Abstract:Glycosylation plays pivotal roles in various cellular processes. Employing new-to-nature chemistry to decipher biological functions of glycan, as well as to fulfil glycan-based therapeutic need, remains a major challenge. In this virtual seminar, we present the development of a liposome-assisted bioorthogonal reporter strategy (LABOR) to achieve selective visualization and detection of eukaryotic glycans both in vitro and in vivo. A brief report on how cutting-edge chemical tools are used to study the transport process of lipopolysaccharide (LPS), a prokaryotic cell surface glycan, will also be discussed.

 

TitlePowering Selective Oxidations of Organic Molecules with Renewable Energy
Speaker:Dr Leow Wan Ru
Date:3rd June 2020
Time:11.00am to 12.30pm
Venue:Zoom (ID and PW will be given upon registration)
Host: Dr Lee Hiang Kwee
Abstract:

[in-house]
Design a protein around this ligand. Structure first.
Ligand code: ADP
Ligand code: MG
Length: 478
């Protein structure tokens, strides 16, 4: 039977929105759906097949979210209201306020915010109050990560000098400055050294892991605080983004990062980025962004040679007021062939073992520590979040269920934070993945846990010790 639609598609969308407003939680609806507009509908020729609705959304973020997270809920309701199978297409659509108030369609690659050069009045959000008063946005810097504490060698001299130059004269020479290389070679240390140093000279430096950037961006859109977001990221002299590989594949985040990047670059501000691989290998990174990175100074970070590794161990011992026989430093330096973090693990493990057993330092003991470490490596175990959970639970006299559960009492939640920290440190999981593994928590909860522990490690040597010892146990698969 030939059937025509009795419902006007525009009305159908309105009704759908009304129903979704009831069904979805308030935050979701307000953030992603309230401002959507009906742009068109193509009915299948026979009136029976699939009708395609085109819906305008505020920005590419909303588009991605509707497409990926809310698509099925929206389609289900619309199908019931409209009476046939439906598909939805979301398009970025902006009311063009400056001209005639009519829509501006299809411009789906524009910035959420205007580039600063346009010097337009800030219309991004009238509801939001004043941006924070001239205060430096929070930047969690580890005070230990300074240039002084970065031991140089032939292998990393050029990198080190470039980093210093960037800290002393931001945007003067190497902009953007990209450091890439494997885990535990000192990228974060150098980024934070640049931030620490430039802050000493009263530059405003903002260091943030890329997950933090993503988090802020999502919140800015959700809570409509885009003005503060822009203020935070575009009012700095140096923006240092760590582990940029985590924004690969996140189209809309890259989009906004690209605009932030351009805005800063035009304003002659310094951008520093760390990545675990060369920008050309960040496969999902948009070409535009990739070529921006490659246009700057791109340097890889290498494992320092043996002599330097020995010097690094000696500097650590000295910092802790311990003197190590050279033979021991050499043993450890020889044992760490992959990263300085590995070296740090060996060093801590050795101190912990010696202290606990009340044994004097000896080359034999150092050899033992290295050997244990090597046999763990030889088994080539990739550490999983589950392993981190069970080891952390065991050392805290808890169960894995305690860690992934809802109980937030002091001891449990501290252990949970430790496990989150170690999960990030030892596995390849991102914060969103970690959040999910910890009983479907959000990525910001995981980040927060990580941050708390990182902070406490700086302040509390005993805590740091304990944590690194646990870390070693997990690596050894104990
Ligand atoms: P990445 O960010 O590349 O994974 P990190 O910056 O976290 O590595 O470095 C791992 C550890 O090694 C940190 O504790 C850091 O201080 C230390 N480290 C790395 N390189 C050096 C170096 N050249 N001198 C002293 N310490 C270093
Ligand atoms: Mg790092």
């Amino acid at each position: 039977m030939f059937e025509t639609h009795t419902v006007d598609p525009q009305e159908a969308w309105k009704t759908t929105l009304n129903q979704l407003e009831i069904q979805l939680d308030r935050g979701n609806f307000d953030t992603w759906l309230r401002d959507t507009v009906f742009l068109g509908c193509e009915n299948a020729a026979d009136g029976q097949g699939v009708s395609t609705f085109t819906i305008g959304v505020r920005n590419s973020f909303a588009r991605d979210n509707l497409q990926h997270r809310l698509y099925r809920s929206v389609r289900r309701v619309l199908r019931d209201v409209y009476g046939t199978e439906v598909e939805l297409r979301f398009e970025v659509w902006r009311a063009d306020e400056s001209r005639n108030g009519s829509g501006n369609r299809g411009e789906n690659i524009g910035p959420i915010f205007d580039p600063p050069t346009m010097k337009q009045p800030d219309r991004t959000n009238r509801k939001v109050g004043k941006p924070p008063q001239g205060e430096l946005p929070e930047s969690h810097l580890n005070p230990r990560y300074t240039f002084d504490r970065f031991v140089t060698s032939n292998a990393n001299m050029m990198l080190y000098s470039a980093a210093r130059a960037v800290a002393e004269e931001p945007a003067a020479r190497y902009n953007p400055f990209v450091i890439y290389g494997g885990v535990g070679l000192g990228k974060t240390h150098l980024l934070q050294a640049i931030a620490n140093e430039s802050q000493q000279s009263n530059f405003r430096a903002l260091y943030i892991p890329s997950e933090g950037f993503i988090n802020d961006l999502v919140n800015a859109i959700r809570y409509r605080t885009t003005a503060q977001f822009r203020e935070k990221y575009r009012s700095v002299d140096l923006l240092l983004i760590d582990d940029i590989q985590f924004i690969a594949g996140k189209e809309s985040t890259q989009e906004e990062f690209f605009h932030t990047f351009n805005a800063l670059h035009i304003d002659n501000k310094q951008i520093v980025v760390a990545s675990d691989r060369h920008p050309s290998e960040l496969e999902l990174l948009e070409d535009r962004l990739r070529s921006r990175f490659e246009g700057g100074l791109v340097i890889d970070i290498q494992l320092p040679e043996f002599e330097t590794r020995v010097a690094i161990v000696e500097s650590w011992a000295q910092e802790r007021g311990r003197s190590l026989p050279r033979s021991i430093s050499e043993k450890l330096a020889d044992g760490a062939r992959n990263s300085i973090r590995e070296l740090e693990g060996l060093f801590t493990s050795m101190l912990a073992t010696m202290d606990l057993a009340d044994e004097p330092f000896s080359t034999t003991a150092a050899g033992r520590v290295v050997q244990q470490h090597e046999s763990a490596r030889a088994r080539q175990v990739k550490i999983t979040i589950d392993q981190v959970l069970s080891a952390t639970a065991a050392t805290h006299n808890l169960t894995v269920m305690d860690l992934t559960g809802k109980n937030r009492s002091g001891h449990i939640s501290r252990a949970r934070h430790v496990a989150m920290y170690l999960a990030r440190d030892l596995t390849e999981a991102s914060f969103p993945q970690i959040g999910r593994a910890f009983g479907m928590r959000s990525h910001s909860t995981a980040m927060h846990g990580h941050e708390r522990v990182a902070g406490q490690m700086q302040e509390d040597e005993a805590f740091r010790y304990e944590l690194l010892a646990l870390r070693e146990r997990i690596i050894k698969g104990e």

The partial oxidation of organic molecules is an important class of reactions for the production of everyday commodities. An example is the polyethylene terephthalate (PET) plastic found in our drinking bottles – the precursors oxirane and terephthalic acid are produced from the partial oxidation of ethylene and xylene at 20 and 60 million tons per annum. Every year, 1.8 billion tons of CO2 are emitted due to the dependence of such partial oxidations on fossil-fuel-powered thermal control, as well as the tendency of these hydrocarbons tend to oxidize all the way to CO2.1 If we can develop high selectivity partial oxidations that are powered by renewable energy, we will be able to cut these associated CO2 emissions by half.2 In this talk, I will first discuss the activation of different functional groups on heterogeneous surfaces, to enable photocatalytic electron transfer under ambient and benign conditions.3-4 Key insights for rational surface engineering of heterogeneous photocatalytic materials to achieve partial oxidations for pharmaceuticals and fine chemicals will also be described. The second part will be focused on electrochemical partial oxidation at breakthrough current densities (1 A/cm2) by extending the reaction interface from the electrode surface with a charge mediator.5 These studies open opportunities for the development of alternative chemicals manufacturing routes towards a sustainable and decarbonized economy. For Zoom registration: